Members of the South Korean air force Black Eagle aerobatic team perform above the ski jump venue of the Pyeongchang 2018 winter Olympics.
PYEONGCHANG - The freezing temperatures are the talk of the Pyeongchang Olympics in the build-up to Friday&39;s opening ceremony and it&39;s so cold that even the Canadians are calling it "a nightmare".
Temperatures struggled to a high of minus seven degrees Celsius (20F) in the day on Tuesday but punishing winds made it feel several degrees colder than that.
The mercury was set to plunge to minus 20C for the second night in a row and Kevin Boyer, a skeleton athlete from Canada, was feeling the chill.
"It is the humidity that cuts you deep, so not only is it cold, it chills you to the bone," said Boyer, who is from Edmonton, Alberta, itself no stranger to ferocious winter weather.
"The wind is the worst, you walk around the (Olympic) village and it is like a nightmare.
"It&39;s funny because coming from Canada we talk about being used to the cold, but this is a cold we haven&39;t seen before."
The freeze threatens to force some athletes and officials to pull out of Friday&39;s opening ceremony, which will take place at night time in a stadium that has no roof and is exposed to the elements.
The Italian team has ordered its staff with heart problems or diabetes to skip the traditional curtainraiser and told its athletes to keep moving at all times.
Some competitors from New Zealand may not attend, but Boyer has no plans to skip the gala.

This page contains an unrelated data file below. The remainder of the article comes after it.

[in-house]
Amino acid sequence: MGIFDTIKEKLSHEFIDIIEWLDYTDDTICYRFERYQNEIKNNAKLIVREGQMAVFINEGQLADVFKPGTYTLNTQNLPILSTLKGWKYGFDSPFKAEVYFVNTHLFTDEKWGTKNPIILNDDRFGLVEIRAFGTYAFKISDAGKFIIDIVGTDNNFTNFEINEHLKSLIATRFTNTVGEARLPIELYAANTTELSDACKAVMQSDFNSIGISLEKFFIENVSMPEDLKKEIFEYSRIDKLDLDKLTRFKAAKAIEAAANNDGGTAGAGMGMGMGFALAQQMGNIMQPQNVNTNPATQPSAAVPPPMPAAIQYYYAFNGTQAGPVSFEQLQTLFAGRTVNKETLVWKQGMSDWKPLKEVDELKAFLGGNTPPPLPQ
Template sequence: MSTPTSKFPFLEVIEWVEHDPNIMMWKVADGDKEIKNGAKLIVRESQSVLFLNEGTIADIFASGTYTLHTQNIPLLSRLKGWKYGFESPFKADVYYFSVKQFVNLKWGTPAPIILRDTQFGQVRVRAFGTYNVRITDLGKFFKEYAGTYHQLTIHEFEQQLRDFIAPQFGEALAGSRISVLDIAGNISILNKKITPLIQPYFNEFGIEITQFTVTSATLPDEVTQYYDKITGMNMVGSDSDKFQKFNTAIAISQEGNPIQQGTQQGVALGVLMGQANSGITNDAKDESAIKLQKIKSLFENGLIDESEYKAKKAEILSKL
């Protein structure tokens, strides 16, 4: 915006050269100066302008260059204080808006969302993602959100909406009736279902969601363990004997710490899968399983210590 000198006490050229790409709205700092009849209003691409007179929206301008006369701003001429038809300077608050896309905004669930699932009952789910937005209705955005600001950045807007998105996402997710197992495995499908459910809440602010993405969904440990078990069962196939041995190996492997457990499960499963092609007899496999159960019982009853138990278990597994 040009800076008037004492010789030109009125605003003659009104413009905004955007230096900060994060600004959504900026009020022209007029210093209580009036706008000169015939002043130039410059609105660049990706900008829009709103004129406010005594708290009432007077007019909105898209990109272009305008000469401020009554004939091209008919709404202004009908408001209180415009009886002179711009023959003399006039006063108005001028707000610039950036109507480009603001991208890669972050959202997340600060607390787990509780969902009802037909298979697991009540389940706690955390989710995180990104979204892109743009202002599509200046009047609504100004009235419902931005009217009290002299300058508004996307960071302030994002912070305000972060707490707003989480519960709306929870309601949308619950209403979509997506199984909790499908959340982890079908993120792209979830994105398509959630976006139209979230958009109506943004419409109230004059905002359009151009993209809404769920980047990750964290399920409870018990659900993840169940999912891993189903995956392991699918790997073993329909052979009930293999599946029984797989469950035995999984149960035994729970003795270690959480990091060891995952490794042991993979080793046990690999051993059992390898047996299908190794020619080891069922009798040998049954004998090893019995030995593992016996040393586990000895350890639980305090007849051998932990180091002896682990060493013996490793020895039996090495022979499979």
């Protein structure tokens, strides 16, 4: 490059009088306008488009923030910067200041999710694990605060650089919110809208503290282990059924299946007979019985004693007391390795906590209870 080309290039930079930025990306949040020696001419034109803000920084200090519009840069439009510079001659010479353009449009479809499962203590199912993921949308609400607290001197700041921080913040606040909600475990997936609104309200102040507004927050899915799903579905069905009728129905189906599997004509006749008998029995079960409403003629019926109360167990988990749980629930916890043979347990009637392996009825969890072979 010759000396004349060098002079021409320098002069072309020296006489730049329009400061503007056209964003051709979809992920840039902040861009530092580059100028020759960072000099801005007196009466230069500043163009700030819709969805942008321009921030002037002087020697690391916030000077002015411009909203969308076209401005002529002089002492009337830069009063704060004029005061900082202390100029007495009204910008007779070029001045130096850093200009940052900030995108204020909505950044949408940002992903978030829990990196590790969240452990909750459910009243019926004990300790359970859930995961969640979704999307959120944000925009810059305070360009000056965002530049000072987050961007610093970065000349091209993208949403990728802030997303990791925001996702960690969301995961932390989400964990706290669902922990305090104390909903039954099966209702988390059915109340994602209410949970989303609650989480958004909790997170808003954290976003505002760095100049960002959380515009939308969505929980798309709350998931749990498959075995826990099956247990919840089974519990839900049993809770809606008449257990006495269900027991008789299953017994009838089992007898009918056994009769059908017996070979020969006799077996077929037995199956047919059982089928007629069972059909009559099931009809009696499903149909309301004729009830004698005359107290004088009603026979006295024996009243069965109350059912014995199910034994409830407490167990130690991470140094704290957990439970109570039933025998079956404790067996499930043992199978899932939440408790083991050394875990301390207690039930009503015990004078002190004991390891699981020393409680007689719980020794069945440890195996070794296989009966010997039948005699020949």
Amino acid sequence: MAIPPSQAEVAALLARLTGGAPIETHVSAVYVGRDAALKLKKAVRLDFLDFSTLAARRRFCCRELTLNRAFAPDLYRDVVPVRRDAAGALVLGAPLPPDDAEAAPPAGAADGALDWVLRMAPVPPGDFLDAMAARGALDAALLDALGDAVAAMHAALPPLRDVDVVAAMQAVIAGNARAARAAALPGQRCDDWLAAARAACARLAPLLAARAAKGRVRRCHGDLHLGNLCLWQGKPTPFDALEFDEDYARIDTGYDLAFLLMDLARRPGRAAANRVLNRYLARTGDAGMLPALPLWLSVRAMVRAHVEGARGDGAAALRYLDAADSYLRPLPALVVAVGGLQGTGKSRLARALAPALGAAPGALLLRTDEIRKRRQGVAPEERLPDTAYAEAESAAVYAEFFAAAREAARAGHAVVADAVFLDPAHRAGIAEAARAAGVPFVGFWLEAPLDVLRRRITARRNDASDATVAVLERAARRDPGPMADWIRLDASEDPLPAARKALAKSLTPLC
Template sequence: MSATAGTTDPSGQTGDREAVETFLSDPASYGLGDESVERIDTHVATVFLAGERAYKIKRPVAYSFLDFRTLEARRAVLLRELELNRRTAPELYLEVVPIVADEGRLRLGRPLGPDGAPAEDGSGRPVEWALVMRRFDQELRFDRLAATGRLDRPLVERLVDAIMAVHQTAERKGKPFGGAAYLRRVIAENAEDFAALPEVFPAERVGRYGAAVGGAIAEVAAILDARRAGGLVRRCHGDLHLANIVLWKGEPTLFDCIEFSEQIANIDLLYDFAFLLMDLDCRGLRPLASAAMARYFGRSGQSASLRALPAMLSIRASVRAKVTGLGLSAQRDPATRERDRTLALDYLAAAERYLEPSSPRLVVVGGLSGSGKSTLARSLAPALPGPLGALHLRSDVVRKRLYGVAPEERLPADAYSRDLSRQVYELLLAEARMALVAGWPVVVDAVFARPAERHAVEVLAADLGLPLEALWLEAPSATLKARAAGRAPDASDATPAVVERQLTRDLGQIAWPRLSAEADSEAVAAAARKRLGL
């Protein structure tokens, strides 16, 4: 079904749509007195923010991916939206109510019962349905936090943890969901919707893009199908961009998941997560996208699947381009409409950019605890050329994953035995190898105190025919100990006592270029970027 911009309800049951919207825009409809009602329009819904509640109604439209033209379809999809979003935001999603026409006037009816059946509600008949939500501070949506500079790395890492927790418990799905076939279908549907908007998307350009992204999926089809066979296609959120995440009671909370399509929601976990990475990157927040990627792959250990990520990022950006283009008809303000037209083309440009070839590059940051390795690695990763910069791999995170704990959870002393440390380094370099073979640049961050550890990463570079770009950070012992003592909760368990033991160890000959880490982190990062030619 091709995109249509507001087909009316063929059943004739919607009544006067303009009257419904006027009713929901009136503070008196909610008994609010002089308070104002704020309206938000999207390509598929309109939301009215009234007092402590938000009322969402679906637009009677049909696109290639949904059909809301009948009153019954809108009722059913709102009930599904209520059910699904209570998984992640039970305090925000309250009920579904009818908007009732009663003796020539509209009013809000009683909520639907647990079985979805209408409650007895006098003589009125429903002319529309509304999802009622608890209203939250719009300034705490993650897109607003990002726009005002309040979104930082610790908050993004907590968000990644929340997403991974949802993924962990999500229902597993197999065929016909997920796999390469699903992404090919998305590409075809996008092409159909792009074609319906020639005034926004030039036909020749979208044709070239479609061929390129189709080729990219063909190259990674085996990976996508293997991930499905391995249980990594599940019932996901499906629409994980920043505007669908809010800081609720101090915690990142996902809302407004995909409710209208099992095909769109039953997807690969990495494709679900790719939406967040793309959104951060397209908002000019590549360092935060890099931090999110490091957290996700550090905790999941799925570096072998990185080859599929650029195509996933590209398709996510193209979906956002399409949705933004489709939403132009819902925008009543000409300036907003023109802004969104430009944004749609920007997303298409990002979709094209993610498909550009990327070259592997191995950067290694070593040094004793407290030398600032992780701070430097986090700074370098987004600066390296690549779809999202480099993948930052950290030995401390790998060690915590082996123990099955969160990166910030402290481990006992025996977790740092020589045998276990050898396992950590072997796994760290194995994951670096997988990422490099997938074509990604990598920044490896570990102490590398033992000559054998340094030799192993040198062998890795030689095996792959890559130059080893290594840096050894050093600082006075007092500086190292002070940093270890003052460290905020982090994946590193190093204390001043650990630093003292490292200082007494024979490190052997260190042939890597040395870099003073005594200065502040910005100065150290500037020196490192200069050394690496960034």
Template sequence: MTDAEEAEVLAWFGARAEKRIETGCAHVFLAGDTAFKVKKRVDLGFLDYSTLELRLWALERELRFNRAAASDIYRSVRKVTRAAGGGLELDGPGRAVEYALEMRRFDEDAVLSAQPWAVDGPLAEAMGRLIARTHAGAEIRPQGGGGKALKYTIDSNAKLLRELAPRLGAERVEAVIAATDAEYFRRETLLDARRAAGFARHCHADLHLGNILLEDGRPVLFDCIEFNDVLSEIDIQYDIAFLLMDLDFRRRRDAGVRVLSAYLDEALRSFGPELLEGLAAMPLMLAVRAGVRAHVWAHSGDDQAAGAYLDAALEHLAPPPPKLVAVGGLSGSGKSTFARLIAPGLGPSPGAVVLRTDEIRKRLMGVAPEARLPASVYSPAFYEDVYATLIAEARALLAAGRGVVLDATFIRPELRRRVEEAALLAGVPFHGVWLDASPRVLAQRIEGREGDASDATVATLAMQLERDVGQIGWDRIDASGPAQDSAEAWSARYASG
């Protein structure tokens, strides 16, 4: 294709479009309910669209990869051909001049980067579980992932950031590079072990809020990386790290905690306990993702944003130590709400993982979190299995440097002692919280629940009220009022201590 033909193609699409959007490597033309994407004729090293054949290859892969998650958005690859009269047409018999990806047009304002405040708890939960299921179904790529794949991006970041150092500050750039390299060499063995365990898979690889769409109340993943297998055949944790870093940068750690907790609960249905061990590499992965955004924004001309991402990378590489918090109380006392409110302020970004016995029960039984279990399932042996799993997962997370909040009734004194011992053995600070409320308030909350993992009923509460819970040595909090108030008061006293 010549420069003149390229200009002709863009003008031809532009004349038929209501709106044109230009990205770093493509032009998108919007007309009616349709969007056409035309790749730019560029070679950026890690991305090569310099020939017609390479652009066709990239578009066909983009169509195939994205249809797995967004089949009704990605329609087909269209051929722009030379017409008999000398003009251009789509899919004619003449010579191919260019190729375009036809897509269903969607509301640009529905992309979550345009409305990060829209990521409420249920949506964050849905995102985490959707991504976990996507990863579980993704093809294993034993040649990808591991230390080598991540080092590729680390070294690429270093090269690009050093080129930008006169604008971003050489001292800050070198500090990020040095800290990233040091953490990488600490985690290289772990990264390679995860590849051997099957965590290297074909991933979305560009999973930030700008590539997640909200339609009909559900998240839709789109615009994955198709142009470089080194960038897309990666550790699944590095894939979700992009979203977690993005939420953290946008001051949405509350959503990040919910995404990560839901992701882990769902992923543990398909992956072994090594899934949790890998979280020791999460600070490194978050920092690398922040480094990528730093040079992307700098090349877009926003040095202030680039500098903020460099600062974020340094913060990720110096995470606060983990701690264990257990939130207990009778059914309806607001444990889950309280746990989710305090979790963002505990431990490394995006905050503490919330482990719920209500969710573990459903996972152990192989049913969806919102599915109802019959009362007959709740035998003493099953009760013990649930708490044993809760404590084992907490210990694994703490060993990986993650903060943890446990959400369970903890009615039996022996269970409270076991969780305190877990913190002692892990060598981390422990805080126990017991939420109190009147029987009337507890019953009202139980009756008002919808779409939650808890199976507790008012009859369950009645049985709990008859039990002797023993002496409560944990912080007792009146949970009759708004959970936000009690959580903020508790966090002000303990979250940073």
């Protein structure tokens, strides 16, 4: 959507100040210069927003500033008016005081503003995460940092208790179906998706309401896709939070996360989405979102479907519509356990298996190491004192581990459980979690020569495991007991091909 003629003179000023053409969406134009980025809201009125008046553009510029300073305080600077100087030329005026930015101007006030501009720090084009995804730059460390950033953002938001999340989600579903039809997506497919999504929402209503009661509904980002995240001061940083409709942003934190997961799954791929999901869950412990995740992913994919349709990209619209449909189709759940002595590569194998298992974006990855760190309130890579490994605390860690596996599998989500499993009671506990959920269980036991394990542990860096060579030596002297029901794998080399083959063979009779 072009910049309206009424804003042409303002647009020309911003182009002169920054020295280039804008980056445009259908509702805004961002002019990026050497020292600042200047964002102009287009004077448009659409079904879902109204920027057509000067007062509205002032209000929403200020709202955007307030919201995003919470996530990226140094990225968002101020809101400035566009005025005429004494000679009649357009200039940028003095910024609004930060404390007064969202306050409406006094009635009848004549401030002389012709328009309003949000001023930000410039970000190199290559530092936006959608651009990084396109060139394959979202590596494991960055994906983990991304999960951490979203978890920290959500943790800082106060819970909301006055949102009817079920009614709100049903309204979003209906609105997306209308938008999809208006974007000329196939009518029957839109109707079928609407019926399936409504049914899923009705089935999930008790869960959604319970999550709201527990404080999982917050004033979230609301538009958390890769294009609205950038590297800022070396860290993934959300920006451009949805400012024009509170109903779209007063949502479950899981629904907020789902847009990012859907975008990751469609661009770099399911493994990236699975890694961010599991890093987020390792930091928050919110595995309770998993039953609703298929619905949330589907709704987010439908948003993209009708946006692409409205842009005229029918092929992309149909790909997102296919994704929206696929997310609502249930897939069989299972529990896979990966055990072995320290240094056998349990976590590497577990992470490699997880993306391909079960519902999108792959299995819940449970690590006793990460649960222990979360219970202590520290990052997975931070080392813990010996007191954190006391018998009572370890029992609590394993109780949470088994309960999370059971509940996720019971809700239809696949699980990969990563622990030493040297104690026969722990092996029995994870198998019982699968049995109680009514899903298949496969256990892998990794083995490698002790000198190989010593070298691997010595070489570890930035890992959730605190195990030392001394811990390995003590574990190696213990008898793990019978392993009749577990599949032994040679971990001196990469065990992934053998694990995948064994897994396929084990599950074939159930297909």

"As first-time Olympians we are all really excited to walk in to the opening ceremony as Team Canada and be something bigger than ourselves," he said.
Team-mate Barrett Martineau added: "I personally have no concerns.
"I spent a lifetime chasing this dream so I&39;m going to walk in to that opening ceremony with a smile and waving with pride, whether it&39;s cold or freezing or I&39;m standing for hours."
The good news for the teams and the 35,000 spectators is that temperatures are forecast to warm up on Friday and could even nudge above freezing during the day.
Organisers will also hand out survival kits for the ceremony that include heat pads for the hands and feet.
Australia&39;s chef de mission Ian Chesterman said: "We&39;re expecting that around half the total team size will be actually out there marching, which I think is good.
"We know that in summer and winter Games, people will choose to put their performance first, which is right, over the experience of going to the Games.
"We will have a good number of Aussies out there and I think that those who go along will enjoy it."